‘Write Here’ takes us into our authors’ writing spaces across the globe, where they tell us about how they go about their craft. We mark each location on the map at the bottom of each post. This time, we visit the home of Will Smith, writer of ‘Veep’ and ‘The Thick of It’, who used a laptop on a tower and a saddleseat to work on his debut novel Mainlander…
‘I tend to mix it up a lot. Since the kids came along, I’ve rented a desk in a shared office. I’m very tall so I’ve raised the desk and laptop and perch on a saddleseat. As you can see, I have pictures of Jersey on the desk, screen and wall. I have more at home too (although we’ve just moved and so those are unpacked at the moment). The only problem with the shared office is the lack of natural light, so some days I head off to various local cafes, especially if I’ve printed off a manuscript or script and want to scribble notes on it. I’m probably at my most productive on a long-haul flight as I can get six or seven hours work done with no interruptions other than the offer of food. I really look forward to those moments, and can feel myself saving up bursts of work for them. Trains are good too, but the phone and email comes in and out and that can pull me out of whatever I’m doing. I’d love to work with the phone and internet off, but it’s not really compatible with having young kids and elderly relatives, or with working on TV shows like Veep where I’m on call for instant rewrites.
I seem to be able to write anywhere. General background noise doesn’t bother me, and I mostly have headphones on anyway. Noise in the household is more of a problem as it usually requires my intervention, which is why I work less at home than before.
Music is an enormous part of how I write, I rarely work without it. I use it to find a mood or a character. For Mainlander I did playlists of all the major characters – a mixture of what I thought they’d listen to, as well as songs that made me think of them – and there were also specific albums that I listened to a lot as they seemed to tie into the themes – Mylo Xyloto by Coldplay, and Strangeland by Keane. Generally I listen to a lot of Baroque music, some Vivaldi and huge amounts of Bach. Scott Joplin is also a favourite – it’s melodic but structured enough that it acts as a stimulant rather than a distraction. I’ll listen to Django Reinhardt too, particularly the records he made with Stephane Grappelli, it’s so joyous and unrestrained. The guy was a living miracle, I don’t know how you could play like that with only two functioning fingers on your left hand, let alone make it up as you go along.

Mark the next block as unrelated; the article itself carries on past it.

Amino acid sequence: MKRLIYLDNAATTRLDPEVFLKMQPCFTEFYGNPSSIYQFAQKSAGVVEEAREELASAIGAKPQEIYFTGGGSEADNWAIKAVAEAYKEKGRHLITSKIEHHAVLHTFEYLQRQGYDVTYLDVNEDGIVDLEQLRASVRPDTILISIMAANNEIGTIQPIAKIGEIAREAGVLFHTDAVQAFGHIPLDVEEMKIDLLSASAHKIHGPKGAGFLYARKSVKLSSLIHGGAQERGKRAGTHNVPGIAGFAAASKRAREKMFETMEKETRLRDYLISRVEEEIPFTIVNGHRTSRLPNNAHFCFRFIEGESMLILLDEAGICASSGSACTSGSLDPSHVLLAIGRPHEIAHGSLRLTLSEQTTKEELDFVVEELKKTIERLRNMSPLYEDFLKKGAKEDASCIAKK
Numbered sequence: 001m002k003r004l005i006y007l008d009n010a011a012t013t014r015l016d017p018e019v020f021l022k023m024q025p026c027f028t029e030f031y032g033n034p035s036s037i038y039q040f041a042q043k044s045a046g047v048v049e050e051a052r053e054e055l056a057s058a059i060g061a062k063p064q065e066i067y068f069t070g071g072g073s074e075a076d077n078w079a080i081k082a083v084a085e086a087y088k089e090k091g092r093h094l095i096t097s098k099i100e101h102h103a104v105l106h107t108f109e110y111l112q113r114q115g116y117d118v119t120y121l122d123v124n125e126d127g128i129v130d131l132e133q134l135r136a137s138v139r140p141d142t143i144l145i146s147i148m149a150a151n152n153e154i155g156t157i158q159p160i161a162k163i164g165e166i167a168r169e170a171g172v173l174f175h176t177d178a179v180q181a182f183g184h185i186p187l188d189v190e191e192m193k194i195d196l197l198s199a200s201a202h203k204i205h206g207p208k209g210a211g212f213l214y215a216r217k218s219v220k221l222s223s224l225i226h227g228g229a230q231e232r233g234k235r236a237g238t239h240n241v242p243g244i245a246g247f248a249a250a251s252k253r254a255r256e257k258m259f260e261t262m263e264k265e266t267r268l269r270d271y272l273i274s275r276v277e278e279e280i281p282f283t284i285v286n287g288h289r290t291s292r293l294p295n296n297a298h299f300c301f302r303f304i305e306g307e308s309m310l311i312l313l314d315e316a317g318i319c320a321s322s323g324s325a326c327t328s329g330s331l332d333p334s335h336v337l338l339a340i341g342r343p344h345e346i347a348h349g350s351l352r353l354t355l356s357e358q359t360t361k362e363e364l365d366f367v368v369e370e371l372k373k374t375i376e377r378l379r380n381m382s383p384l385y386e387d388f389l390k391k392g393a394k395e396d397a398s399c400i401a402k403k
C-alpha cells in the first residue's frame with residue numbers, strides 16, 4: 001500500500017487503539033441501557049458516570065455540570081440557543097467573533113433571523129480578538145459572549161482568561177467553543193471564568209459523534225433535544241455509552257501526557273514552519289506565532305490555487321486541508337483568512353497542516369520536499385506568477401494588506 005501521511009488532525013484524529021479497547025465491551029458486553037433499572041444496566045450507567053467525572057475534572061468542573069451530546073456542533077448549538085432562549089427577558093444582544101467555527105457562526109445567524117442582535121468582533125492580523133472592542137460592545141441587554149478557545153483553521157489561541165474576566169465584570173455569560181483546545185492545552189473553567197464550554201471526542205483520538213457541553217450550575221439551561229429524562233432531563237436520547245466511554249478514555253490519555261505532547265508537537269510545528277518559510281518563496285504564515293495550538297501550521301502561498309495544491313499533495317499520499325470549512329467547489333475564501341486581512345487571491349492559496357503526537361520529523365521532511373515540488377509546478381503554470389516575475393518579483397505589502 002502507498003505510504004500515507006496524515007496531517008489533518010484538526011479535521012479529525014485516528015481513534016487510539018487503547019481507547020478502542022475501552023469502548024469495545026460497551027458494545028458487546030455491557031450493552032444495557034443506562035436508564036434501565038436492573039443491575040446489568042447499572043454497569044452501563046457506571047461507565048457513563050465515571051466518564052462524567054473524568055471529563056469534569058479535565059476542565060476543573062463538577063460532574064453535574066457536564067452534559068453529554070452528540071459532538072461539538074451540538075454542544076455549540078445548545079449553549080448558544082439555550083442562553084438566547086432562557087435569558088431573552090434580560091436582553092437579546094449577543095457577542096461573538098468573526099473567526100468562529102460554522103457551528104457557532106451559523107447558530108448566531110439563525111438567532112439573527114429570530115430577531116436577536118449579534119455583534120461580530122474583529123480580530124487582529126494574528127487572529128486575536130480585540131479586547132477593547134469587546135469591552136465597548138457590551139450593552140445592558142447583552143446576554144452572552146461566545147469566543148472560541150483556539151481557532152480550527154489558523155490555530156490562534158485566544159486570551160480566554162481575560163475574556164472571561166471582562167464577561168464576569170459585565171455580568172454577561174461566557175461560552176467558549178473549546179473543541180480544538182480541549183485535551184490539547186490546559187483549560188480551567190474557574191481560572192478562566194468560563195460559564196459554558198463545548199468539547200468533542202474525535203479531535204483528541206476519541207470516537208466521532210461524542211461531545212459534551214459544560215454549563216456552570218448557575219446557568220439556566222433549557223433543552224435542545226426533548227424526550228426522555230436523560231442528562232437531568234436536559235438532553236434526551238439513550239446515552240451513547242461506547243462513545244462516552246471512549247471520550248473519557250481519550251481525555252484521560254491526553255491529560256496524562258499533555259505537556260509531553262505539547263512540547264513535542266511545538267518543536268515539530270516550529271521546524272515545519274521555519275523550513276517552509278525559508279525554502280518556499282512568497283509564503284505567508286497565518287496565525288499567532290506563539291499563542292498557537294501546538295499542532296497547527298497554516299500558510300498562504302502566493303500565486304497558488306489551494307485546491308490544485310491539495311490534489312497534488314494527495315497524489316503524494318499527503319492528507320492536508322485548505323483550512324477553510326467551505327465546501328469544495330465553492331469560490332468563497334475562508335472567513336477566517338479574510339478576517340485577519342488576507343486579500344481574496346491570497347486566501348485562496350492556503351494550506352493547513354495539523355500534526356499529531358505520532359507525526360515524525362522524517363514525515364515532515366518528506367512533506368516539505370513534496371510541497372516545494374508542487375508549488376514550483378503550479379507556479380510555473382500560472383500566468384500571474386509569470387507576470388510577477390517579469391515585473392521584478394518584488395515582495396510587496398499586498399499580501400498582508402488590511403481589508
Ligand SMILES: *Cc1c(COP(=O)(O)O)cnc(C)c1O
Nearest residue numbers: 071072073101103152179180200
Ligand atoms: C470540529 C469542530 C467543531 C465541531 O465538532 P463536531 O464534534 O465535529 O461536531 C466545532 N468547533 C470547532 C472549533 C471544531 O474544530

It depends on the deadlines, but I work every weekday. Sometimes I’ll have a page count or chapter aim, sometimes I’ll just want to plot something or crack a problem.
Having children limited my working hours and has made me much more focused, both on the micro level – I have to stop in time to pick them up and get them fed and bathed and into bed – and on the macro level of their birth bringing home to me my own mortality and the need to get things done before it’s too late.
I find improvisation comes first, but even then it’s fairly structured, probably because it has been knocking around my sub-conscious for a while. The first chapter of Mainlander just came out, I knew I had this guy sitting on a rock feeling glum about his marriage, and the rest followed on. I did a lot of revising and finessing, but the basic beats haven’t really changed at all.
I’ve always wanted a garden office, but I’m increasingly less concerned with that, although as I’ve said I have a hankering for natural light. For me, it’s all about whether the material is ready to come out, and when it’s ready, it’s going to surface wherever I am.’
Will Smith’s debut novel ‘Mainlander‘ will be published on 12th February 2015.
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